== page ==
After three or four of these drinks, you’ll be able to convince yourself that when the world ends on Saturday you’d much rather be at home, dressed in baggy sweats with Cheeto stains, finishing off leftover Chinese food than living it up at the after parties at BlogHer Food.

After five or six of these drinks, you’ll be convinced that your genius idea to put out a couple pairs of shoes and clothes in the yard on Saturday will totally fool your neighbors into believing that you got raptured up while they were left behind.  And that kind of brilliance took the act of missing BlogHer Food in order to come to fruition.

It’s later on when all your hopes and dreams have died that you start cracking into the Cardbordeaux and MadDog.  The only cocktail mixing you’ll need to do with these babies is letting your bitter, bitter tears fall into the glass.


The Kid Curry Cocktail
Adapted from Mockingbird Events

2.5 ox Buffalo Trace
1 oz lavender syrup
1/2 oz lemon juice

Shake all items together in a cocktail shaker with a little ice. Strain and serve.

Lavender Syrup:
1 cup water
1/4 cup lavender blossoms (I used fresh blossoms, use 2-3 tablespoons dried)
2 cups sugar

Bring water and lavender blossoms to a boil.  Stir in sugar and remove from heat once it’s fully dissolved. Let cool and refrigerate for three days.  Strain lavender out. You can use the syrup immediately but I like it best once it’s steeped a little.

Knox Vegas Farms – 2011 Plants for sale!

For the sixth year in a row, Marcus and I will once again transform from the professional nerds that we normally are and become the crazy tomato people.  Knox Vegas Farms (AKA our sleeping porch, front porch and yard) will be selling heirloom tomato, pepper and eggplant seedlings at the Market Square Farmer’s Market this Saturday from 9am to 2pm.  We will sell at all the Saturday markets until we run out of plants.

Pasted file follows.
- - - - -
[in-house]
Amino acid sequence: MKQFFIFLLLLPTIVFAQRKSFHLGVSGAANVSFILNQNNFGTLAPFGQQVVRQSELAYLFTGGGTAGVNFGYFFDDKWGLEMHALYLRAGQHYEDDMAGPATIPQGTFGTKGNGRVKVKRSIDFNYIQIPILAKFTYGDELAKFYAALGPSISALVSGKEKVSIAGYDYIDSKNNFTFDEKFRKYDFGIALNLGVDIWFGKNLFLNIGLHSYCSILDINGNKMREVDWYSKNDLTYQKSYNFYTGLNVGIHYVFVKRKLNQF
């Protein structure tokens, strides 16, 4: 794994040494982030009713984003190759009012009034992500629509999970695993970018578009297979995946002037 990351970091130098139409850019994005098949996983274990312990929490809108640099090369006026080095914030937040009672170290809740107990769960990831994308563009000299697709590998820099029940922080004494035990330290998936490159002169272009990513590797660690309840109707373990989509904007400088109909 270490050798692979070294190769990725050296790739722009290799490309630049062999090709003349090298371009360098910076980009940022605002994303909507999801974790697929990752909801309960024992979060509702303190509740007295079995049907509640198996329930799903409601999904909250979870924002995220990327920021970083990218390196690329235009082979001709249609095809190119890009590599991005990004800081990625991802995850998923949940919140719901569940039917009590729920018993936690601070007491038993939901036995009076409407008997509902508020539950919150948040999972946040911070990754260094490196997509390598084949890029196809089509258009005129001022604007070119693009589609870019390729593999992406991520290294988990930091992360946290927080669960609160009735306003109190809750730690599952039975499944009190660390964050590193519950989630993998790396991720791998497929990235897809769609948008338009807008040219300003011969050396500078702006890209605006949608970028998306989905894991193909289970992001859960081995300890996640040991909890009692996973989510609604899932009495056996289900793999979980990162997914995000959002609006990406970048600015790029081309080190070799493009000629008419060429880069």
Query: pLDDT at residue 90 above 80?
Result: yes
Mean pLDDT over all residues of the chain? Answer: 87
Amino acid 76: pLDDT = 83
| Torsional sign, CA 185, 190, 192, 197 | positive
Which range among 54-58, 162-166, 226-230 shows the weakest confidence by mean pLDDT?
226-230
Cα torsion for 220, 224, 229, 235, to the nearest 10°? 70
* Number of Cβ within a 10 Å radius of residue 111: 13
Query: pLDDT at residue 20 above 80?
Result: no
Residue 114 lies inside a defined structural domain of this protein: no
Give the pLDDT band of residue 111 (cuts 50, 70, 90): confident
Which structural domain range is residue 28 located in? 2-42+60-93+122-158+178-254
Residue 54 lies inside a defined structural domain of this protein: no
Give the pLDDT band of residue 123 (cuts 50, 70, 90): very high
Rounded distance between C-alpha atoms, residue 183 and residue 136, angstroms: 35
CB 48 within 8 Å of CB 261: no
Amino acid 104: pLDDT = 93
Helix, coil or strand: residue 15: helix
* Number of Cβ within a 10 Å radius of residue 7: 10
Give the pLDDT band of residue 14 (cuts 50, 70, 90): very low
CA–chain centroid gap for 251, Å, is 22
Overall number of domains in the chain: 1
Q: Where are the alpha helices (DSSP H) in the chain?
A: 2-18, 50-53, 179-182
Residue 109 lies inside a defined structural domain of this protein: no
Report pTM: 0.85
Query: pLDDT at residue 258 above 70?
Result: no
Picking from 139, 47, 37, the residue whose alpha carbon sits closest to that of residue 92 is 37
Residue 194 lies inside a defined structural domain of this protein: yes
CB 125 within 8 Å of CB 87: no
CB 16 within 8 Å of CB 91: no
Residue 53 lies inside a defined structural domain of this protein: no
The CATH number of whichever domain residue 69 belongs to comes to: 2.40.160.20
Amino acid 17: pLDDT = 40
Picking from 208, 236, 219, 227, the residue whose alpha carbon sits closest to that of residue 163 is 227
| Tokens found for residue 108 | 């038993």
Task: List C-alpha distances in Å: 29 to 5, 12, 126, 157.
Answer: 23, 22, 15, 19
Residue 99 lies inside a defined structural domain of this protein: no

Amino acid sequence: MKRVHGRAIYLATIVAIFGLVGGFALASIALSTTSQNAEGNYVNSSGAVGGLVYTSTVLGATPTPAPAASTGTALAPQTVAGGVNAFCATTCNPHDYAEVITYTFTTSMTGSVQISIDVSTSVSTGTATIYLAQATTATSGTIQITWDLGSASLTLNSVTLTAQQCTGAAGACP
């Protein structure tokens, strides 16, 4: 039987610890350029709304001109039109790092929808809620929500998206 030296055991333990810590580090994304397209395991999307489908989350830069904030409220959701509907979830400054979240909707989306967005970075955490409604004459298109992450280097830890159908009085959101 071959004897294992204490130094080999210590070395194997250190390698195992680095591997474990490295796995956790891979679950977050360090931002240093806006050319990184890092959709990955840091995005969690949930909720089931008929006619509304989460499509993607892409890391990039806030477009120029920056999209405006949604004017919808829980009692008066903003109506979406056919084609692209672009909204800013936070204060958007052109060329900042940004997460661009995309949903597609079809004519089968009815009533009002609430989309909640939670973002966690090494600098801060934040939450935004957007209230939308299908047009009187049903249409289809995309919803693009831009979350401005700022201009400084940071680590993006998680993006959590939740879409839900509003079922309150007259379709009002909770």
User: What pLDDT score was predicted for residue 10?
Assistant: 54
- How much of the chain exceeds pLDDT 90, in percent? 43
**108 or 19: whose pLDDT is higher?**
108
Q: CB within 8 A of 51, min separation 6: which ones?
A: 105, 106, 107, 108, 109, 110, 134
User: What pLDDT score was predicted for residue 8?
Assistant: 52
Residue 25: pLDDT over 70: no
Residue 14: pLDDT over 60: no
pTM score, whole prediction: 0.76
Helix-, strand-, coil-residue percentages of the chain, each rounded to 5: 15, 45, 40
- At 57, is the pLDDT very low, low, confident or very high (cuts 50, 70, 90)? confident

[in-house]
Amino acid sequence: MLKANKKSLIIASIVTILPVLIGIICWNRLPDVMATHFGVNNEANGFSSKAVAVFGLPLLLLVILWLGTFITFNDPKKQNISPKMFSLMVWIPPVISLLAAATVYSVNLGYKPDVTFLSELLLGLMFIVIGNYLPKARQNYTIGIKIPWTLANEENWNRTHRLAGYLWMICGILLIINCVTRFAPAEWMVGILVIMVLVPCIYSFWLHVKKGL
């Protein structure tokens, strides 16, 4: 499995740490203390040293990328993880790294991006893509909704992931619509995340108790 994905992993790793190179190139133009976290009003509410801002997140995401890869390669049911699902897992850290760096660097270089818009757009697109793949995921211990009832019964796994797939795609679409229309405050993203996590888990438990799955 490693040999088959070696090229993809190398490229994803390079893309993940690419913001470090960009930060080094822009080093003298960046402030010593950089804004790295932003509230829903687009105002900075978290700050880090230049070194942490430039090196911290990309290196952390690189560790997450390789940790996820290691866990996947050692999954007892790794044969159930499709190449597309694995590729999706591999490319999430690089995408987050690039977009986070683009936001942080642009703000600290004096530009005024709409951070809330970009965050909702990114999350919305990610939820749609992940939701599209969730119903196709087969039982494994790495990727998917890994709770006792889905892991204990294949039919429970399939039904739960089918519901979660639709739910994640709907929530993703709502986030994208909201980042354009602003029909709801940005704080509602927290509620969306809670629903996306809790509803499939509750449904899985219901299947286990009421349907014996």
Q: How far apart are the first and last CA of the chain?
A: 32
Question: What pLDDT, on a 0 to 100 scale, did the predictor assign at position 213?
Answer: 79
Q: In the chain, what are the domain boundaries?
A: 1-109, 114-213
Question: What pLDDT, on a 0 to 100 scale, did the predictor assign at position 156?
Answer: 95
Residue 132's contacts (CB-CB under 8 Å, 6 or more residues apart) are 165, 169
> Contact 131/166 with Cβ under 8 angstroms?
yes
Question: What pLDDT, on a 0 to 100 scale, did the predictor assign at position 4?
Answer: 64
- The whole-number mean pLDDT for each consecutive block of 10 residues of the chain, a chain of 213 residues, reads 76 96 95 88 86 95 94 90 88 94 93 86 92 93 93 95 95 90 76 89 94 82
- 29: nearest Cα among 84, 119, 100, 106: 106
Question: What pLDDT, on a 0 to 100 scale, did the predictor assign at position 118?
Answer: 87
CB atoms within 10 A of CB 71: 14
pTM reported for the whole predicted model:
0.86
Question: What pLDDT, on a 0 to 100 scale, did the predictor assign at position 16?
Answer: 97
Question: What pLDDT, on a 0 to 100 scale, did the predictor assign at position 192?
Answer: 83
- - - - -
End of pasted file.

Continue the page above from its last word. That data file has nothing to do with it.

We lost several trays of plants due to the storms.  We had time to get them up on the porch before the hail and storms hit but a microburst flipped a decent amount of seedling trays over so we don’t have as many plants to sell this year  If you have your eye on a particular variety, please get there early in order to make sure we have it!

We can’t wait to see you!  Make sure to come say hi!

Tomato Varieties Available this Year!
Amish Paste
Ananas Noire
Andrew Rahart Jumbo Red
Arkansas Traveler
Aunt Ginny’s Purple
Aunt Ruby’s German Green
Banana Legs
Black Cherry
Black Krim
Brandywine, Off The Vine
Brandywine, Sudduth Strain
Brandywine, Yellow Platfoot
Burgundy Traveler
Cherokee Purple
Chocolate Cherry
German Red Strawberry
Green Doctors
Green Zebra
Kellogg’s Breakfast
Lime Green Salad
Marizol Purple
Mortgage Lifter
New Big Dwarf
Principe Bhorghese
Pruden’s Purple
Purple Russian
San Marzano
Sara’s Galapagos
Silvery Fir Tree
Speckled Roman
Sun Gold
Tiny Tiger
Violet Jasper
Wapsipinicon Peach
White Currant
White Queen
Window Box Roma

Note – due to poor seed germination, my peppers are fairly small this year.  I may not have all varieties available to sell at the May 7th market but they should be ready the following week

Hot Peppers Available:
Aji Dulce
Birds Eye
Filius Blue
Lemon Drop

Sweet Peppers Available:
Alma Paprika
California Wonder
Orange Sun
Patio Red Marconi

Eggplants Available:
Listada de Gandia
Pingtung Long
Rosa Bianca